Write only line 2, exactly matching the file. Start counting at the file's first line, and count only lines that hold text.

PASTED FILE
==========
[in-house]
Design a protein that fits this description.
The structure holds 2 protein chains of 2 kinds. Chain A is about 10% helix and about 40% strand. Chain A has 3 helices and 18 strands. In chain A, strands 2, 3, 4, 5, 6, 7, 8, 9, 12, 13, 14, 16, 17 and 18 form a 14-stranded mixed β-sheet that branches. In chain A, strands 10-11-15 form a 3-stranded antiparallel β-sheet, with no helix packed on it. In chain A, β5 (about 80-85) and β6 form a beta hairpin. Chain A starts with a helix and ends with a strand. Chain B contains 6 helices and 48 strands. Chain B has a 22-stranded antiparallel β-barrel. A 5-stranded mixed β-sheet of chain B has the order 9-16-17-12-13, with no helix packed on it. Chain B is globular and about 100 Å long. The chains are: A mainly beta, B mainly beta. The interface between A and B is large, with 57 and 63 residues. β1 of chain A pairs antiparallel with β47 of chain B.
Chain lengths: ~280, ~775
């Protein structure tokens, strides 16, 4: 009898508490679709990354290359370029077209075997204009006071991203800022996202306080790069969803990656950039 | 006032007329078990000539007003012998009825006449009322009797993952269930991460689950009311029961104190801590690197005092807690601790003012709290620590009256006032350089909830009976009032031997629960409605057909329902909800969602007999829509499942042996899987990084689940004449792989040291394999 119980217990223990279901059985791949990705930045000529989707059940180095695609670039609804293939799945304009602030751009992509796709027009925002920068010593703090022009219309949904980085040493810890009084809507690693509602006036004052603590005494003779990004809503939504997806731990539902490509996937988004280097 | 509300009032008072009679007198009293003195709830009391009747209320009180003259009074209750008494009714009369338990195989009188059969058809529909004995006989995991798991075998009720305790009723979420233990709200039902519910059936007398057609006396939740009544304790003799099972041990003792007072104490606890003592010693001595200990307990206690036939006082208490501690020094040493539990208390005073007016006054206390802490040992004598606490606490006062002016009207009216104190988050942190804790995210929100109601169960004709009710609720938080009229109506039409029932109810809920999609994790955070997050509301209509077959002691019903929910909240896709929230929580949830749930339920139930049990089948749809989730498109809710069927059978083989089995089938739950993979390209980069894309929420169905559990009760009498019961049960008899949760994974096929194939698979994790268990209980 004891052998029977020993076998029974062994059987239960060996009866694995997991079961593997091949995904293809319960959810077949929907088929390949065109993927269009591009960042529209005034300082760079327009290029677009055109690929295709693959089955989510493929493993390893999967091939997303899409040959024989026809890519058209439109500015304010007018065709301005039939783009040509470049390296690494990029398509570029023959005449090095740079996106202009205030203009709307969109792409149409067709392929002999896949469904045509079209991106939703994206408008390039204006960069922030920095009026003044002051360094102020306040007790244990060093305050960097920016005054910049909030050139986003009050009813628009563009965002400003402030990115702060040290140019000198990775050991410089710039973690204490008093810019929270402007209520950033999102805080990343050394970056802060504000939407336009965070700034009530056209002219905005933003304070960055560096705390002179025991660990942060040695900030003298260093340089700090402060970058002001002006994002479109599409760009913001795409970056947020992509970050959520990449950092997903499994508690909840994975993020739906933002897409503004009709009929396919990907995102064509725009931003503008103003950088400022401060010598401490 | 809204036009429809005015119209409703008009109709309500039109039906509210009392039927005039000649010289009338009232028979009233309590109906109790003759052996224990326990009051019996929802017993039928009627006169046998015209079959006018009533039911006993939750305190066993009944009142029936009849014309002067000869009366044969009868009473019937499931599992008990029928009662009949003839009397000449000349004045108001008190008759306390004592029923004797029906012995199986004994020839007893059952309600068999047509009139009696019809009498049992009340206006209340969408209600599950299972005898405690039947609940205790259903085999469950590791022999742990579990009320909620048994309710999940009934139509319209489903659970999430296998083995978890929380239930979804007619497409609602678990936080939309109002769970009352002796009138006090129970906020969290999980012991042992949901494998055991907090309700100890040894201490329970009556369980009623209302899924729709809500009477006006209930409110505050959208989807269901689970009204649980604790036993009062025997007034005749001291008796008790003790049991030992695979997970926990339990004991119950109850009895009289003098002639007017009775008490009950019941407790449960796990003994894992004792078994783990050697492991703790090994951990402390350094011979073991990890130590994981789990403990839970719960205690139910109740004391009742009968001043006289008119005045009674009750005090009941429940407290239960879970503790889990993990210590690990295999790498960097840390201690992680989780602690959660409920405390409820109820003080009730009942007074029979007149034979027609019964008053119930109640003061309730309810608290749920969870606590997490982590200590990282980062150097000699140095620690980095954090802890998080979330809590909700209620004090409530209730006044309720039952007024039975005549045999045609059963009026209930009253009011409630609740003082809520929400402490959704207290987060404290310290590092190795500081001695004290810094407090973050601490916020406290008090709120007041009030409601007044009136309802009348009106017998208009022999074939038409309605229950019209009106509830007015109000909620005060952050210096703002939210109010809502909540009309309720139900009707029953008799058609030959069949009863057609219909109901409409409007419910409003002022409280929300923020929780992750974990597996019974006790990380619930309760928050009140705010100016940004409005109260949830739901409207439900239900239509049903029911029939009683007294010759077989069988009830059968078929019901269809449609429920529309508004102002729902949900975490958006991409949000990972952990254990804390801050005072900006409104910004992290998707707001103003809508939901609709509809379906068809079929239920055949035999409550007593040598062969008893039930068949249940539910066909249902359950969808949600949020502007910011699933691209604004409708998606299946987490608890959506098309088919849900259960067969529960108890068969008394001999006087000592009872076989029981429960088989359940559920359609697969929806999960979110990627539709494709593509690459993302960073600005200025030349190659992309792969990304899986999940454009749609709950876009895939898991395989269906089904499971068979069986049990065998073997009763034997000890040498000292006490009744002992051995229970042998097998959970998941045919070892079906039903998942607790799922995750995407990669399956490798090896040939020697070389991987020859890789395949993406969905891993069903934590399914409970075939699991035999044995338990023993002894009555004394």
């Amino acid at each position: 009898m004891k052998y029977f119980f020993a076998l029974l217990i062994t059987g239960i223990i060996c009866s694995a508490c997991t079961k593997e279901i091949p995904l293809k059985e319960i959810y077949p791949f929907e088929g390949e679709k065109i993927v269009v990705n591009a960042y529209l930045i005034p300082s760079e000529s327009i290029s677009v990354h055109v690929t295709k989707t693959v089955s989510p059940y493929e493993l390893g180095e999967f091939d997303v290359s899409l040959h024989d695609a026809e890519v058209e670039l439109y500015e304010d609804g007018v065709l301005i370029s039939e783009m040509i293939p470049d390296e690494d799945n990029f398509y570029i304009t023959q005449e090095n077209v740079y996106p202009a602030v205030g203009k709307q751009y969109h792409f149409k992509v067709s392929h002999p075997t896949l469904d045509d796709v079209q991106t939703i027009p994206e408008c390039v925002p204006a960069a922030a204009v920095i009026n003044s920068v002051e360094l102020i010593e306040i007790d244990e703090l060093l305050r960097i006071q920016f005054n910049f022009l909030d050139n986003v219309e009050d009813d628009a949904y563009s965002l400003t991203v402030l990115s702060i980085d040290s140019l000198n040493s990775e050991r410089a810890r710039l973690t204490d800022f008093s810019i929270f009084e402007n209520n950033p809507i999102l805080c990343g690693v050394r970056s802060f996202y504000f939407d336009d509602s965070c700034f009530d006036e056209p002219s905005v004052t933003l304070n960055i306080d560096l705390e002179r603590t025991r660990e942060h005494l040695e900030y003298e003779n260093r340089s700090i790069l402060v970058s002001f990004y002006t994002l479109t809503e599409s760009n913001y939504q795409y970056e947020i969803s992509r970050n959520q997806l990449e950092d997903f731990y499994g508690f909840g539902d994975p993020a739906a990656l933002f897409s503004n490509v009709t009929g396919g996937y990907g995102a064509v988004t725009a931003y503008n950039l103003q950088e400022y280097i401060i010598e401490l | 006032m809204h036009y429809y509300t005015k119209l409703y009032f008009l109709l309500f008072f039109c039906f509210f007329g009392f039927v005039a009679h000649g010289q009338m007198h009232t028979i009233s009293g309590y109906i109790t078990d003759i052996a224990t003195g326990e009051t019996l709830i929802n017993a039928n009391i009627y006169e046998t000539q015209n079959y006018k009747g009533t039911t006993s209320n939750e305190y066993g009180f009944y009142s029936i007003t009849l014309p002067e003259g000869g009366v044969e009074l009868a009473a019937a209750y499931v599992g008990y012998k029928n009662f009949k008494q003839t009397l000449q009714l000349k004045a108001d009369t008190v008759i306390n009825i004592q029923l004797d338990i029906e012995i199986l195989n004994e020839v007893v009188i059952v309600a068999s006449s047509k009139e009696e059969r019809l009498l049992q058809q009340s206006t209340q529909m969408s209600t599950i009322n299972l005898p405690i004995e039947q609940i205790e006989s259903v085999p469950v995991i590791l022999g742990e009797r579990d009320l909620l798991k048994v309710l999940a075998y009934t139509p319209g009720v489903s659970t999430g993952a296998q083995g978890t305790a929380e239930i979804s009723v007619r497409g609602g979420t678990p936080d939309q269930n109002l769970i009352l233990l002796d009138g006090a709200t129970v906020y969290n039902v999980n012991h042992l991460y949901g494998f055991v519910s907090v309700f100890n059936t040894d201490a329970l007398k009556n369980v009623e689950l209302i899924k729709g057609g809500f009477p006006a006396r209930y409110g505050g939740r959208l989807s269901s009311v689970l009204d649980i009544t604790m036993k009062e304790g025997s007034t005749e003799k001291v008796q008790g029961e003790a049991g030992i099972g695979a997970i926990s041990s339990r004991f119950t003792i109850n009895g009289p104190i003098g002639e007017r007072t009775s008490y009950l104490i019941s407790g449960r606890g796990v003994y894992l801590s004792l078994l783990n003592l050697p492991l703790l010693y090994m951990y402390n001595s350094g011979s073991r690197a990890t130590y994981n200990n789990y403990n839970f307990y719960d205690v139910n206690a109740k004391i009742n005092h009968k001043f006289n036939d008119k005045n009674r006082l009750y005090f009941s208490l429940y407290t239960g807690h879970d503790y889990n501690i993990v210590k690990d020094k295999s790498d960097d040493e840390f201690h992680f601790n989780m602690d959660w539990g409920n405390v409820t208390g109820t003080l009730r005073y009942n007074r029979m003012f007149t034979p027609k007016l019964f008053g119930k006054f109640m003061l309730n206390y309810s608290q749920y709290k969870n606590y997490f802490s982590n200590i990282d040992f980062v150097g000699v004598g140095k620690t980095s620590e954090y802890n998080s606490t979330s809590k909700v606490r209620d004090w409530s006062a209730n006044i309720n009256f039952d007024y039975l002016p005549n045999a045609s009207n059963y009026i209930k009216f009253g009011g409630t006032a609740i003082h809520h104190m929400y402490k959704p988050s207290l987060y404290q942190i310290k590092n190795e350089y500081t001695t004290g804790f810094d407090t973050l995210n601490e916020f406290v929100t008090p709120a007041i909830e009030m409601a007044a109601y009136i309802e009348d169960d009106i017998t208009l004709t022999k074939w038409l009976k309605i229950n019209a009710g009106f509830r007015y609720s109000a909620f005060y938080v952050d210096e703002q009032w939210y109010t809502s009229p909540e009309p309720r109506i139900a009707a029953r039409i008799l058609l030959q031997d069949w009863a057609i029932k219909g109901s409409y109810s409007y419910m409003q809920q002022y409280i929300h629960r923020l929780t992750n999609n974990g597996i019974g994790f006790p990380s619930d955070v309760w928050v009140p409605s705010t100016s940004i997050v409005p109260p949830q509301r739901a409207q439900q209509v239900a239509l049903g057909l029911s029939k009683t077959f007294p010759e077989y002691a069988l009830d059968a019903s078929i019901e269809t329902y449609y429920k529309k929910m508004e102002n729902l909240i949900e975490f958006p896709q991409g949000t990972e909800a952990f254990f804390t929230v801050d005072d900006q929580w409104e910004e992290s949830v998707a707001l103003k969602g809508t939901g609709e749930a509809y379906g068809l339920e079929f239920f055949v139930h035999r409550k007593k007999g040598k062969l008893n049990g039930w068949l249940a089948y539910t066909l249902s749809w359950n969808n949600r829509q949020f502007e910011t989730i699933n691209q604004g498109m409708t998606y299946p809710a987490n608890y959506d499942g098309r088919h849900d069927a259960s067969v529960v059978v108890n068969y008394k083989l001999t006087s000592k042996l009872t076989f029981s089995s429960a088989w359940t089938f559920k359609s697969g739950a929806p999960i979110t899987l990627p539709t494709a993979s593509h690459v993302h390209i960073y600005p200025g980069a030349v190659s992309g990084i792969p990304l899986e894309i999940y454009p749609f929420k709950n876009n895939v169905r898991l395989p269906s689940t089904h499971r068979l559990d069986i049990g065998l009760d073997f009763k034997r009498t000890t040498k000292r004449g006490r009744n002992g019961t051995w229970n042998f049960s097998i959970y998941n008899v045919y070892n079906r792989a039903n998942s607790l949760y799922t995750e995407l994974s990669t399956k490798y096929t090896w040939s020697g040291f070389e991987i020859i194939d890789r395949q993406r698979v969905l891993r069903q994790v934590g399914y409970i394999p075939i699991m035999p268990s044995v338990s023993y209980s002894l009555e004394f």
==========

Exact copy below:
Design a protein that fits this description.